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Monday, March 31, 2014

Barry-Roubaix Race Report


Two weekends ago I made the trip north to the tiny town of Hastings, MI to take part in what is called America's largest gravel road race, Barry-Roubaix.  Here's a report I originally wrote for the Ohio Gravel Grinders Facebook group.




All-in-all, I thought it was a pretty fabulous event and would recommend it to anyone considering it. Where else can you go do a gravel event with 2700+ other riders?! Plus, it's a true "everyman" event. They may call it a race, and technically it is, but all kinds of folks were riding at all kinds of paces on all kinds of bikes (cross, mtb, fat, tandem, hybrid, road, etc). The course was great, but no better than anything we have to offer here in Ohio, so hopefully we can develop an event to rival this one!
Lining up for the start
For the most part everything was well-organized. Packet pickup was easy to find and they were smart enough to have temporary parking there just for pickup (although others were using it to get ready). There's a surprising amount of parking in tiny Hastings, MI, so thankfully finding a permanent spot wasn't too bad. The start was really well-organized. You get a wave number before the race and line up accordingly based on volunteers holding up signs with the wave numbers. Then waves launch every 3 minutes (the event is chip-timed).

Rare flat section
I of course dropped my chain right at the start and had to chase to try to catch back up to my group. After a few miles, things got pretty jumbled, so you have to pay attention and watch out for faster riders passing you while dodging the slower ones. This can get a bit dicey since the roads are littered with potholes. Probably around 80% of the course is dirt/gravel, though there were a couple of longer paved sections. Gravel I think is kind of a misnomer, though. I would call it a beach race! The roads were extremely sandy and considering the wet winter and the downpours the night before, they were soft--like riding through peanut butter. Extremely hard work, no coasting. That being said, they drained really well, so it wasn't as sloppy as I expected. There were, however, four or five huge mud pits and flooded sections that were as long as a couple hundred feet. The fat bikes ruled these. The hills weren't extreme (max grade 12% and nothing longer than a few tenths of a mile) but were constantly rolling, making for quite the workout. Overall the course was great and extremely scenic. Lots of wooded sections, but some more exposed stuff out in the frozen fields. Only real bummer was that the two "unimproved" road sections had to be removed since they still had over a foot of snow on them!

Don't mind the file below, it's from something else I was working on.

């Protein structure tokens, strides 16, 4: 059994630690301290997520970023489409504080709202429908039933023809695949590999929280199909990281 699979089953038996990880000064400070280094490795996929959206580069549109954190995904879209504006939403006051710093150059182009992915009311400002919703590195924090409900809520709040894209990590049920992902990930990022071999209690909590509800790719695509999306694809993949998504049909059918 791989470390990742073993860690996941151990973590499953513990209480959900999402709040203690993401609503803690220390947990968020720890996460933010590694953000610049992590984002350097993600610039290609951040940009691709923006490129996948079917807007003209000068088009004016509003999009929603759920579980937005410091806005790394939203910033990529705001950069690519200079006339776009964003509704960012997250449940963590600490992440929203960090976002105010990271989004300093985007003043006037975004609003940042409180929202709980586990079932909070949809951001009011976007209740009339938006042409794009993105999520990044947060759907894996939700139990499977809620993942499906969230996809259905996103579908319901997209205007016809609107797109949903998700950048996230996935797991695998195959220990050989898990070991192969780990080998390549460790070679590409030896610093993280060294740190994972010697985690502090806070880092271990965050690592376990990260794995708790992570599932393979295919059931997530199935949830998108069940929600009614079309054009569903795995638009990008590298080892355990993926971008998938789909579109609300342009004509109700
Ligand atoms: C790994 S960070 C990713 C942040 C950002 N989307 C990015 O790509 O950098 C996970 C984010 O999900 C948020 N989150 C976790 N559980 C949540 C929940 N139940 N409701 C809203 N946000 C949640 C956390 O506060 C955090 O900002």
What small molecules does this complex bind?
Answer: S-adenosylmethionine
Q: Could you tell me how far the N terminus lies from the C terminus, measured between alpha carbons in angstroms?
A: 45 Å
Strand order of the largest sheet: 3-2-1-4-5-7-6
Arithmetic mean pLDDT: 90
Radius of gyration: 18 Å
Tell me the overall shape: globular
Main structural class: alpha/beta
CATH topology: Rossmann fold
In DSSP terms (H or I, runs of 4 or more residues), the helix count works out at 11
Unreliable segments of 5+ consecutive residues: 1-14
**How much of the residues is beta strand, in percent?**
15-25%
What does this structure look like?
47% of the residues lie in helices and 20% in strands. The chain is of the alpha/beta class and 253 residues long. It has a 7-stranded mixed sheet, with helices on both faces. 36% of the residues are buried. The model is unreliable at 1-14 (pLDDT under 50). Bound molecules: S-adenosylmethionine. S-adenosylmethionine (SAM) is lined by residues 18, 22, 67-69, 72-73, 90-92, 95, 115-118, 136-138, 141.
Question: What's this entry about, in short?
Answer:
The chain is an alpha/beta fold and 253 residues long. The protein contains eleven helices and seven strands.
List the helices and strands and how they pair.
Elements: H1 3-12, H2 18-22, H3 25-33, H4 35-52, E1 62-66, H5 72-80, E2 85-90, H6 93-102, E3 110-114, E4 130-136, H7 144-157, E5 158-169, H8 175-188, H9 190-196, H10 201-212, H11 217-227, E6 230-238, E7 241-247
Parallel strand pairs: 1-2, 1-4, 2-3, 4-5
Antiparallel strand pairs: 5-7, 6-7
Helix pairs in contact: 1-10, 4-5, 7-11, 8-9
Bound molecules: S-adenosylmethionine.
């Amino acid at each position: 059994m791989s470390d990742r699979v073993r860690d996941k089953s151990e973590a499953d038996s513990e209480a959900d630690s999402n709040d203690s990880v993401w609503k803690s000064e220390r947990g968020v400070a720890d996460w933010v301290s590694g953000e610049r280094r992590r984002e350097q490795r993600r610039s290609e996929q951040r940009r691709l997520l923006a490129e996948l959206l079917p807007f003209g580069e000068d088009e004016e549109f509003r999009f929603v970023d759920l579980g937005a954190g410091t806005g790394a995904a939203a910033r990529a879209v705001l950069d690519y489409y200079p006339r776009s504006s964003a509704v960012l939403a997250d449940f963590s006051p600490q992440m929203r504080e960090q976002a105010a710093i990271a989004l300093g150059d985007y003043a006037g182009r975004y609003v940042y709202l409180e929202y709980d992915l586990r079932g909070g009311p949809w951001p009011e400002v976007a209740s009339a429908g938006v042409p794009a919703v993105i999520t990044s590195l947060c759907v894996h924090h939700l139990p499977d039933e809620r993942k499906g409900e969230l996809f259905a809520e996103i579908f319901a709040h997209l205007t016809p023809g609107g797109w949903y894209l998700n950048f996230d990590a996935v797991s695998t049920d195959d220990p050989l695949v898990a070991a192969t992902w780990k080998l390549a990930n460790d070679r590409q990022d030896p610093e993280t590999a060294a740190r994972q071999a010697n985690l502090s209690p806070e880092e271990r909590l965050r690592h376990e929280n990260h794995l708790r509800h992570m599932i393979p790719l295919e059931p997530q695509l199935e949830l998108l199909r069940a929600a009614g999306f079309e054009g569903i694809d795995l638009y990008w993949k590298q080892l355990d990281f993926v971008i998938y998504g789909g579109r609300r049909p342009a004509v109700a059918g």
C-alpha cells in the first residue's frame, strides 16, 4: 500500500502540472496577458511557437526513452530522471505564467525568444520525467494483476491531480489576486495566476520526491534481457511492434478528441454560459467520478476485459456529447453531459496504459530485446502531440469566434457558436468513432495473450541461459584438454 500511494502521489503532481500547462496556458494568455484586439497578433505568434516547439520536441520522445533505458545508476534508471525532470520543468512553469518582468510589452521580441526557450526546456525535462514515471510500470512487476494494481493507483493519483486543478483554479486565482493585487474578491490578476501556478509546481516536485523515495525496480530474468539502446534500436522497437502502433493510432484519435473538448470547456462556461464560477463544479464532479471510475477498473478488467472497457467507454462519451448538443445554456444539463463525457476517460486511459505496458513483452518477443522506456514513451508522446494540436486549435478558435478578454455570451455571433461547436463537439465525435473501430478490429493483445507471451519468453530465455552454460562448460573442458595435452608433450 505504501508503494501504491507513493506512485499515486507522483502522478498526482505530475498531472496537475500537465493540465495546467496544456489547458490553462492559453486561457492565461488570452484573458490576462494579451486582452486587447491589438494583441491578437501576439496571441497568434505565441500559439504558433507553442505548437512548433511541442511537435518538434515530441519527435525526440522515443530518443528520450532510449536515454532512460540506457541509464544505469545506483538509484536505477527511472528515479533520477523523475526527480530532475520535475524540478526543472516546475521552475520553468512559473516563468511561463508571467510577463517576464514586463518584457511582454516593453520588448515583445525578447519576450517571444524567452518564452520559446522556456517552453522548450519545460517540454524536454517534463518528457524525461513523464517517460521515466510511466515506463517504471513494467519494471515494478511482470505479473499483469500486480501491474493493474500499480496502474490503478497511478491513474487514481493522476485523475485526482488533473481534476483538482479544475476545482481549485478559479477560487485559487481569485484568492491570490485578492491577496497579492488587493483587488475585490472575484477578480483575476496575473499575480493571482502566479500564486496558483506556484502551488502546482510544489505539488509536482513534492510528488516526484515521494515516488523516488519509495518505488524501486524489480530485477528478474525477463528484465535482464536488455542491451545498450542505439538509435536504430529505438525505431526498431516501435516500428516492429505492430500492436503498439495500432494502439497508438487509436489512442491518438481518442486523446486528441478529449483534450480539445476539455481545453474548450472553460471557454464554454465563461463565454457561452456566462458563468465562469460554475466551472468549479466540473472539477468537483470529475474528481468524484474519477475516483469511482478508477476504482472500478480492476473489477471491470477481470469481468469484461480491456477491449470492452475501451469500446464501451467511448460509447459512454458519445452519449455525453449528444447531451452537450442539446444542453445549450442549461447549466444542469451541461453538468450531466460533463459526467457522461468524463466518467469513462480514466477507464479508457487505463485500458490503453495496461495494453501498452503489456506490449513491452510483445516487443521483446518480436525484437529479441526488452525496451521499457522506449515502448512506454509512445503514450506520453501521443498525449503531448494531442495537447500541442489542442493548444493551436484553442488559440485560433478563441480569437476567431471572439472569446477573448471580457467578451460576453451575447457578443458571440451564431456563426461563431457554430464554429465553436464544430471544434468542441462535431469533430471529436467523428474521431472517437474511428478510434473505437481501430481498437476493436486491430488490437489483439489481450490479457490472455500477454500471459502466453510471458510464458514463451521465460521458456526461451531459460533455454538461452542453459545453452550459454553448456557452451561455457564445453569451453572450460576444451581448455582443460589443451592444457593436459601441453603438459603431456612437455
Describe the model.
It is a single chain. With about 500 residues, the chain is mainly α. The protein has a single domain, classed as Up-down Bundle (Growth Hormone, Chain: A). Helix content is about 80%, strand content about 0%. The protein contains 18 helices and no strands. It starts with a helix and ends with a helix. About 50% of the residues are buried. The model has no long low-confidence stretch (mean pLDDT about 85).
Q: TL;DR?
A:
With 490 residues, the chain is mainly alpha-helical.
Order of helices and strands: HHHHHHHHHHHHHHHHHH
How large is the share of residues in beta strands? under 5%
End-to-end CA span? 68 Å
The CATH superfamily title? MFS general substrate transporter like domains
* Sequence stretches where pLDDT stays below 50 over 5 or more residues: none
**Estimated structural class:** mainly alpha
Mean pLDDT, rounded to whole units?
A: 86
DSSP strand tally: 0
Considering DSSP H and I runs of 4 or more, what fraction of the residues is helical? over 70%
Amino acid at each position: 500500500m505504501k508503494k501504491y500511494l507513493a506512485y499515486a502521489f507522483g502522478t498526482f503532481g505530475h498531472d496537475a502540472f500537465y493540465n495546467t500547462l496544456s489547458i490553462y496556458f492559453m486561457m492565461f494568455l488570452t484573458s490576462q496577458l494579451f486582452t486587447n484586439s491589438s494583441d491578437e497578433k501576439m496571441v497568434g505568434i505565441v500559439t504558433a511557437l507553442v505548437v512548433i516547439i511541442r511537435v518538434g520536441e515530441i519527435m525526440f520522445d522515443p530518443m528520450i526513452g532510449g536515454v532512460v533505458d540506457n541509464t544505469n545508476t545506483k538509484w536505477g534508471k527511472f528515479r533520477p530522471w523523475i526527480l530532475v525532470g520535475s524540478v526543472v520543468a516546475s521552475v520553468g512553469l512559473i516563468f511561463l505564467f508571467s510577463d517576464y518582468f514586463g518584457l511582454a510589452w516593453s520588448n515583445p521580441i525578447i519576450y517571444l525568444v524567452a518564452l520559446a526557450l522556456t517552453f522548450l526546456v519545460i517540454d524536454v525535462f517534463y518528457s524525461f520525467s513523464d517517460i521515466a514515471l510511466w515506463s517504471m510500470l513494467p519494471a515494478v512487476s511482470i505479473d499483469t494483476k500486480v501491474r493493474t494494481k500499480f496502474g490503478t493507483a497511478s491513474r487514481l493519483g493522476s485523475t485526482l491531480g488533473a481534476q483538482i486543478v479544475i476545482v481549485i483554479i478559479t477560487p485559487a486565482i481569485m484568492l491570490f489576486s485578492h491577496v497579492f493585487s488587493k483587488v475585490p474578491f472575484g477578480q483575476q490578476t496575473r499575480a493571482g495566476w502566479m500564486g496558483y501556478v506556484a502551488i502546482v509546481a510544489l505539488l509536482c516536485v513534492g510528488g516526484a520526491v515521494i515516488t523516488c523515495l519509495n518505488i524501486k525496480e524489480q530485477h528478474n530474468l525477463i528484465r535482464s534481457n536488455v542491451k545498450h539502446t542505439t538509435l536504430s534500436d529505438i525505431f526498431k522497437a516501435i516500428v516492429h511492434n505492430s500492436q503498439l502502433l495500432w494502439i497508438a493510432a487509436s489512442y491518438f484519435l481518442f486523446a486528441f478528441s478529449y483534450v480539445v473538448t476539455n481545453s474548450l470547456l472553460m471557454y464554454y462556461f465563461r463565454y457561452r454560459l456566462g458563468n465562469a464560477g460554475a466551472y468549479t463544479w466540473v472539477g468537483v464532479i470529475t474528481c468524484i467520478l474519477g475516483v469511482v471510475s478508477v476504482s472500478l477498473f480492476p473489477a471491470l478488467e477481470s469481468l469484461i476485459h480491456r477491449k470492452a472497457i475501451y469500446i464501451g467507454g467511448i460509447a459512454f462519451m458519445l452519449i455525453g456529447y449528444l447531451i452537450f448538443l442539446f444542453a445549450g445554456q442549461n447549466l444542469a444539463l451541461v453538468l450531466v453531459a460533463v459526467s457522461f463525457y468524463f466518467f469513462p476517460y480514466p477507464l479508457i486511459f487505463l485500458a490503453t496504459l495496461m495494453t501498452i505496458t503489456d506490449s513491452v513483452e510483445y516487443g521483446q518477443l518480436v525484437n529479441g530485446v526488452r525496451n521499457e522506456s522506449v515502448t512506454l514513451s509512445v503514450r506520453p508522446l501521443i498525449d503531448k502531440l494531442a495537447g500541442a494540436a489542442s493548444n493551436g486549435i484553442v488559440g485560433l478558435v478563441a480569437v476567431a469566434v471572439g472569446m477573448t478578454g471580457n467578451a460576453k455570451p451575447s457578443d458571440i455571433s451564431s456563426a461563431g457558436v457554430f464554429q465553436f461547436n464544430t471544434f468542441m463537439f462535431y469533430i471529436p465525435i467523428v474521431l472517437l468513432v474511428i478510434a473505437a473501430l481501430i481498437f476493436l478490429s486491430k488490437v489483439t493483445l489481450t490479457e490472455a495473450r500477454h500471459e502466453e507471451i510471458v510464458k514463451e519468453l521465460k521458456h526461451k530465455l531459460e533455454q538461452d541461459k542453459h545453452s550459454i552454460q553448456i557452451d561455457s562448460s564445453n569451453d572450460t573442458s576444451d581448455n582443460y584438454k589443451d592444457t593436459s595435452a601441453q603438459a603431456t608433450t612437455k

Typical wooded section, note the potholes!
Nearly every turn had a course marshal and all the major intersections had police/sheriff. Though the race is technically open road, the locals know it's happening and stay away. Traffic was light and those passing were courteous. Speaking of the locals, they really come out to support, which was awesome. Lots of hand-made signs and cowbells along the course. Folks having get-togethers in their front yards and cheering. Encouragement on the hills. It was a blast. For the most part the riders were fun and friendly as well. And there were tons of volunteers.

The finishing area was great too. It started snowing, so I didn't stick around long, but they had mobile food vendors (wood fired pizza--delicious!), Founder's Brewery beer trucks (they sponsor the race), a pretty well-stocked exhibit area, a big stage for awards and bands, and what honestly seemed like too many port-a-potties (when does that ever happen!). Again, this is a well-run event.
Two fun highlights: the woman in the bear costume (see pic) and the couple on the tandem that got engaged. I didn't get to witness the proposal first-hand, but saw the pictures.  As far as I know, she said yes.  Would've been an awkward ride to the finish otherwise!

Watch out for bears!

For anyone who likes gravel or is even just curious, this is a great event.  Keep in mind that it does take place in March and the weather can be rough.  It was icy last year, tolerably cold this year, and the website has pictures of riders in shorts, so basically it's like Ohio and anything goes!  If you're willing to chance the weather, though, I recommend making the drive.  For more info, and to check out the professional photos of the event, head on over to the Barry-Roubaix website.

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